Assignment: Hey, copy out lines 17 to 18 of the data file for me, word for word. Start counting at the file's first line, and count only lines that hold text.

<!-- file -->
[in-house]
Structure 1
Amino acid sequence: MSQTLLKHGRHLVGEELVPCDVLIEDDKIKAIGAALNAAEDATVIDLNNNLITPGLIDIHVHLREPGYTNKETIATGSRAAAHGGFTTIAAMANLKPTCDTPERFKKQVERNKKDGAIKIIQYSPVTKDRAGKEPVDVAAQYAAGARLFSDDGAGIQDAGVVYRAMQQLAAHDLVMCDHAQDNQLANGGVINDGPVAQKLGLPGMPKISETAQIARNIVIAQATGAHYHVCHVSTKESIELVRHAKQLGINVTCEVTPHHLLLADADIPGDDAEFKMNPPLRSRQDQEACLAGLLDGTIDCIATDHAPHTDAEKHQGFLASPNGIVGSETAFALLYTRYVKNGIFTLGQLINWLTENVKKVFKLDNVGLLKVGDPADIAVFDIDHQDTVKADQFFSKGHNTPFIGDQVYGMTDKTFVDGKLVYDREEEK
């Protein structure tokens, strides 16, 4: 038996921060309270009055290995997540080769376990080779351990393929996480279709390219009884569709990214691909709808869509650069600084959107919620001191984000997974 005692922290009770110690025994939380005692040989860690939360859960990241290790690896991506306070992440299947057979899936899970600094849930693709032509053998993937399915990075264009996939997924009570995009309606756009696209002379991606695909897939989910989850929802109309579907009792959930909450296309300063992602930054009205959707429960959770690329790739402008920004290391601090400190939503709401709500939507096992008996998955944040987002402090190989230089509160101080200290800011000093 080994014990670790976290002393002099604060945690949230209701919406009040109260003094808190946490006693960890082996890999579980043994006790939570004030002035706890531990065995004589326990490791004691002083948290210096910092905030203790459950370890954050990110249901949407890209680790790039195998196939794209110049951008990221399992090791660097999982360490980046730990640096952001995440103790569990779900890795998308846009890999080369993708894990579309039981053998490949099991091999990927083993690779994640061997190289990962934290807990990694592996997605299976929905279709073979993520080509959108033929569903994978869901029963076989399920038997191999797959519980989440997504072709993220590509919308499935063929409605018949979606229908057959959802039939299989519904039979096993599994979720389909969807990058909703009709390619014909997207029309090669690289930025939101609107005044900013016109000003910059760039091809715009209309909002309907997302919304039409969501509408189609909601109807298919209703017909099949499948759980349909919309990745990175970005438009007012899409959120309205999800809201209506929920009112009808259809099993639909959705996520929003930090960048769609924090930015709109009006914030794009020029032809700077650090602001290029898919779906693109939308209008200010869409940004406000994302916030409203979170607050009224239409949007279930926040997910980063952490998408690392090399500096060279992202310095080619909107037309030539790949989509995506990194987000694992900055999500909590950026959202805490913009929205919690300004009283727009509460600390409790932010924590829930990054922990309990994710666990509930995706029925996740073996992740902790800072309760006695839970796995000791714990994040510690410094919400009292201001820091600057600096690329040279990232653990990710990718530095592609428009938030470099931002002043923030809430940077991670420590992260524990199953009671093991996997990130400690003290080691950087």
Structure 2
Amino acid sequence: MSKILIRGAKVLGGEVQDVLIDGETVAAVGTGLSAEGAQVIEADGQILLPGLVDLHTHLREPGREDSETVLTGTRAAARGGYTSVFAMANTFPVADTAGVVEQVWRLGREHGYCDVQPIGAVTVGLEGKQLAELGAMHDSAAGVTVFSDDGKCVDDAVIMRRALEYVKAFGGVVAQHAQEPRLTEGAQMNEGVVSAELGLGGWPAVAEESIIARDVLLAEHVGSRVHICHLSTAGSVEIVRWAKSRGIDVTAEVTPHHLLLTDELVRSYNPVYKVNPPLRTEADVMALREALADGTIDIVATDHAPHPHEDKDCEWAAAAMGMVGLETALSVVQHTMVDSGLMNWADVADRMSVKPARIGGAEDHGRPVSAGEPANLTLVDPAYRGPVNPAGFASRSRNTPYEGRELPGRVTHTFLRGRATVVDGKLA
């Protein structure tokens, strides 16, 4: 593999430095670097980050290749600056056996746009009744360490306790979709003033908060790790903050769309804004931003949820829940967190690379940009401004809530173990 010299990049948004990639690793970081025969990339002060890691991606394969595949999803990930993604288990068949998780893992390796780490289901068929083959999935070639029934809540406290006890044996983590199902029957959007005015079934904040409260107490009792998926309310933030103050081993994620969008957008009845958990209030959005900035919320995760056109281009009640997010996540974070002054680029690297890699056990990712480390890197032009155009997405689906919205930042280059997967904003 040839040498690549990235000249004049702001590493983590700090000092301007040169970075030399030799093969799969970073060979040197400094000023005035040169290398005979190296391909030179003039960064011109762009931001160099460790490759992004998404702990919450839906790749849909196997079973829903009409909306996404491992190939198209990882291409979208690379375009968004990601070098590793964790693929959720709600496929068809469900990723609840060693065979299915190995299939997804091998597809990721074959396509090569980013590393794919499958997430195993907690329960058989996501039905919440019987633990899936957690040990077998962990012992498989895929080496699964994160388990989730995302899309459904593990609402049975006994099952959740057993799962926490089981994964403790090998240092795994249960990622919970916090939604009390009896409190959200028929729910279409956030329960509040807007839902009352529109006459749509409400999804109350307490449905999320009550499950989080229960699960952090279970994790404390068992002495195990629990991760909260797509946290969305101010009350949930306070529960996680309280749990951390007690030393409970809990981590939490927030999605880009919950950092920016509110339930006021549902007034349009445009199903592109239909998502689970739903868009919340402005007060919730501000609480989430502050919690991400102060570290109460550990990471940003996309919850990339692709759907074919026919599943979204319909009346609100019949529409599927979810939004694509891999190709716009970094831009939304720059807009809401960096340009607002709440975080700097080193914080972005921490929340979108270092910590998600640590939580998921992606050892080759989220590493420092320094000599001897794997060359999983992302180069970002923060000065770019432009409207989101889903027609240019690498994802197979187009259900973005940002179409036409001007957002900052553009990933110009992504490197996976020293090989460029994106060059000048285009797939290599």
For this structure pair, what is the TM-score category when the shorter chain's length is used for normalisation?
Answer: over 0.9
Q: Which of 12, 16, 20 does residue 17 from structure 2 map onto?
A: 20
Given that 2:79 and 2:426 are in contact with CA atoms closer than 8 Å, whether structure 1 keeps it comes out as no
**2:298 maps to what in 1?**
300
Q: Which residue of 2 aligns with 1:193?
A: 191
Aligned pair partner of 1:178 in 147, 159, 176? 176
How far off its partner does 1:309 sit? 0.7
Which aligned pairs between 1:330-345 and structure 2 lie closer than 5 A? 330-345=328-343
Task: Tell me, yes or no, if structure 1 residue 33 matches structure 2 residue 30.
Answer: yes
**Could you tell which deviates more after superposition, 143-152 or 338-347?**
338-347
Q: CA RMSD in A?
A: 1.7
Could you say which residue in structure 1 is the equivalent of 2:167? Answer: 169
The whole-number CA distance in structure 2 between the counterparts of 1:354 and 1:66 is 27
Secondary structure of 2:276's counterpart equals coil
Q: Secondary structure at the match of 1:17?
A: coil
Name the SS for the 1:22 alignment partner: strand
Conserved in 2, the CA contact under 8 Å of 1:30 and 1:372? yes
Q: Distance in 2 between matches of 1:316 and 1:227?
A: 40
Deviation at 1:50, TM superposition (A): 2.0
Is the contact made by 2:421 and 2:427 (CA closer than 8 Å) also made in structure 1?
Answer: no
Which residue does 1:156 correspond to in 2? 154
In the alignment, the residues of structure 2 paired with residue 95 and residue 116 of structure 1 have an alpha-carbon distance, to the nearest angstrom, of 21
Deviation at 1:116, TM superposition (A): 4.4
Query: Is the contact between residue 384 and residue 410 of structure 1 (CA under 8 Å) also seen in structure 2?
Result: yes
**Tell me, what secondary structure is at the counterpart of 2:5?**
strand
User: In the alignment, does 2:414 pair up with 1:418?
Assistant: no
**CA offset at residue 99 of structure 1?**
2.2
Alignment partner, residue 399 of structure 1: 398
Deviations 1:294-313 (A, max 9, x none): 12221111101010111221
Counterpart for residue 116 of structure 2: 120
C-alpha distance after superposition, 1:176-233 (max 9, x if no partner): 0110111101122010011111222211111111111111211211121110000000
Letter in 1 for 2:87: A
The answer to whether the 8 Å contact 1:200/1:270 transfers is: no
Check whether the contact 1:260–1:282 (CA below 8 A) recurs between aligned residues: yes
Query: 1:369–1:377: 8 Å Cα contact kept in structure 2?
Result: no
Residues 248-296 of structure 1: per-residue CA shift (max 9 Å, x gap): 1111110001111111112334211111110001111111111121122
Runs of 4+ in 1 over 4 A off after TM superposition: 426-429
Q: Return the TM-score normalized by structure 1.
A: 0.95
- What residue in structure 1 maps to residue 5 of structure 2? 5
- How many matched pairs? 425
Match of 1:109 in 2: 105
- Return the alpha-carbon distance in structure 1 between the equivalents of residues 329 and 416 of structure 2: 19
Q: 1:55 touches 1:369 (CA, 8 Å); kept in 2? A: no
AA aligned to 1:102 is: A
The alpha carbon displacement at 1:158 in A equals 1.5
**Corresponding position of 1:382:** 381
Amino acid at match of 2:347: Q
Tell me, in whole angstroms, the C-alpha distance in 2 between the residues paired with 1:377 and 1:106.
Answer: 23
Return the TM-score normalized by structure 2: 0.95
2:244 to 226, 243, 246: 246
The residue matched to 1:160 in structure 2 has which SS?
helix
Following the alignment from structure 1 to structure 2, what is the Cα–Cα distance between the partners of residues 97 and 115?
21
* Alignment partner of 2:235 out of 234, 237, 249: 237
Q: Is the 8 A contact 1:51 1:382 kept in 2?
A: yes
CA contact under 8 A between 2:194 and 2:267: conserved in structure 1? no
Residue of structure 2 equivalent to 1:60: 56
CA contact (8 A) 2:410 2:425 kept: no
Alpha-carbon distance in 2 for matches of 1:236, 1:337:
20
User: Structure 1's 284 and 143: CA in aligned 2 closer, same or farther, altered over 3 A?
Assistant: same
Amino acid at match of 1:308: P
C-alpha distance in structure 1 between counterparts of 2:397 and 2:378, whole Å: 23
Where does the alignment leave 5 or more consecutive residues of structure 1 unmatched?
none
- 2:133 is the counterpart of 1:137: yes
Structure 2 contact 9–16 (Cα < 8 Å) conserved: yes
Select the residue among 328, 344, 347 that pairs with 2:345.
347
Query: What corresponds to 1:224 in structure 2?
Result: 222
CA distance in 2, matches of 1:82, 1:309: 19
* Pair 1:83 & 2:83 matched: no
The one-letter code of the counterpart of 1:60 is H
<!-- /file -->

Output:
Aligned pair partner of 1:178 in 147, 159, 176? 176
How far off its partner does 1:309 sit? 0.7